Thursday, January 17, 2019

Netflix Price Increase Illustrates Power of Powerful Brands

Consumers are price conscious, it is safe to say. So what requires explanation are instances where consumers--while seeking value--are willing to spend money for value. And perhaps nothing better illustrates the value of a valued brand.

Consider the coming increase in Netflix prices. One survey by The Diffusion Group suggests that a price increase of just $1 more per month, eight percent of Netflix subscribers are likely to cancel Netflix.

Netflix is raising the cost of its basic tier by a dollar, from $8 to $9 a month. The standard tier now will $2 more per month, up from $11 to $13, while the premium tier cost will rise from $14 to $16.

With the very-important caveat that consumers often say they will, or will not, do something, some of us would bet that Netflix now provides enough value that the overwhelming proportion of consumers will not desert. That did not happen the last time Netflix raised prices, for example.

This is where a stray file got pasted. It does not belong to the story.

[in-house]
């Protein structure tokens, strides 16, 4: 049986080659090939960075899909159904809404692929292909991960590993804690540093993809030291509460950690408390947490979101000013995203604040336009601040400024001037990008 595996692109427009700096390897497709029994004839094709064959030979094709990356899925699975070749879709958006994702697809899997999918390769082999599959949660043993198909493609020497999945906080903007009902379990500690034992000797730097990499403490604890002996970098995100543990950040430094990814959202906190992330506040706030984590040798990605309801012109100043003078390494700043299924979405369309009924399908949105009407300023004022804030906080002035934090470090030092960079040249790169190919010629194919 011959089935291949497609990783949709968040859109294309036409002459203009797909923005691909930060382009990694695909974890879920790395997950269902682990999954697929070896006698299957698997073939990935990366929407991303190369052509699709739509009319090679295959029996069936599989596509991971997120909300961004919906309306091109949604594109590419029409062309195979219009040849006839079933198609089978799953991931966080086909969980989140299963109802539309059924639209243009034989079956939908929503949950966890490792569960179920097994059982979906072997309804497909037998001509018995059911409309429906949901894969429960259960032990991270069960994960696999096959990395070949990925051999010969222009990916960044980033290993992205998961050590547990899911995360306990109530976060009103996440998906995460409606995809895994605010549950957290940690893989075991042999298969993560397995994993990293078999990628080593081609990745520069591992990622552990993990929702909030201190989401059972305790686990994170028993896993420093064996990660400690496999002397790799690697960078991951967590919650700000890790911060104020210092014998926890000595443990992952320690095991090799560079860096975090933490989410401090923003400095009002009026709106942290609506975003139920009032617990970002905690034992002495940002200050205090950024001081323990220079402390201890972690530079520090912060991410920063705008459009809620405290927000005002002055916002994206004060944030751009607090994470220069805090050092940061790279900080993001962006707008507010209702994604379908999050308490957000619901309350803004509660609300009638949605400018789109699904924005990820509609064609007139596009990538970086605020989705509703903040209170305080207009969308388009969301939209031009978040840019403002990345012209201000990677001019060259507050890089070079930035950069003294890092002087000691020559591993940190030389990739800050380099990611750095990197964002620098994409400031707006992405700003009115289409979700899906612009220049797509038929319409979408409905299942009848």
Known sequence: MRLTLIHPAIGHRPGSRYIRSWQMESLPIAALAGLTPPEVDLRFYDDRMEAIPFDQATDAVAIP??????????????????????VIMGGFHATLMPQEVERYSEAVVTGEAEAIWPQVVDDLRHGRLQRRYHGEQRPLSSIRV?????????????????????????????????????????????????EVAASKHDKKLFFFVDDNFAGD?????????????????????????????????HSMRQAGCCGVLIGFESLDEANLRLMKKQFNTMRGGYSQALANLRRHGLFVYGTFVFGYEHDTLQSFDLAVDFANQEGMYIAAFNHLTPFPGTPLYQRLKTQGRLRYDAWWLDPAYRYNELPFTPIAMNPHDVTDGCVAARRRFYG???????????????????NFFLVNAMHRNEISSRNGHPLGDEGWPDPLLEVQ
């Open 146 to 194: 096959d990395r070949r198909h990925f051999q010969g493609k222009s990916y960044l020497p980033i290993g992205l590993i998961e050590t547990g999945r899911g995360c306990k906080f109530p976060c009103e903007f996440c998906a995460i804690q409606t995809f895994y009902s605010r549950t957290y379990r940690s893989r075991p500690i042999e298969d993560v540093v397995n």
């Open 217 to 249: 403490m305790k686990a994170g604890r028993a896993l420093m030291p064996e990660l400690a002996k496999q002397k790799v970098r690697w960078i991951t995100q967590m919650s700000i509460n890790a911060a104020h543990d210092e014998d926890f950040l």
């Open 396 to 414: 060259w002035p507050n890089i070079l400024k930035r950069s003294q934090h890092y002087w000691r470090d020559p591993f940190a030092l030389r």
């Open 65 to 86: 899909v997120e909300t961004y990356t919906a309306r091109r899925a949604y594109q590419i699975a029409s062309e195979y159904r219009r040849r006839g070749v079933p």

Perhaps just as important, a recent price increase of similar magnitude by Amazon Prime--which some surveys suggested might have catastrophic results--did not slow growth, even if some customers might have departed.

Consider the impact when Amazon Prime raised it prices by 20 percent, from $99 annually to $119 annually, in 2018. According to one study, a whopping 45 percent of Amazon Prime customers indicated they would cancel their membership. Obviously that did not happen.

Undoubtedly there was some churn. But it appears the price increase did not have a devastating impact. According to one survey, perhaps six percent did cancel. But U.S. and global Amazon Prime memberships continued to climb.

There are other likely impacts, as well. As Netflix raises the price umbrella, other valued streaming services will have more room to raise their own prices. That might include Amazon Prime itself, Hulu and possibly HBO Now.

On the other hand, higher prices for Netflix make harder the challenge for the scores of upstart and specialized services hoping to gain a foothold in the streaming market.

So Amazon Prime, Netflix and Apple provide key tests of the expected value of a brand, which is precisely that a valued brand allows a supplier to charge more. Valued brands can raise prices. Commodity suppliers generally have a hard time doing so.

No comments:

Public Policy is Devilishly Hard Stuff

Public policy success always is harder than you might think, if only because the causal relationships between a policy and an intended out...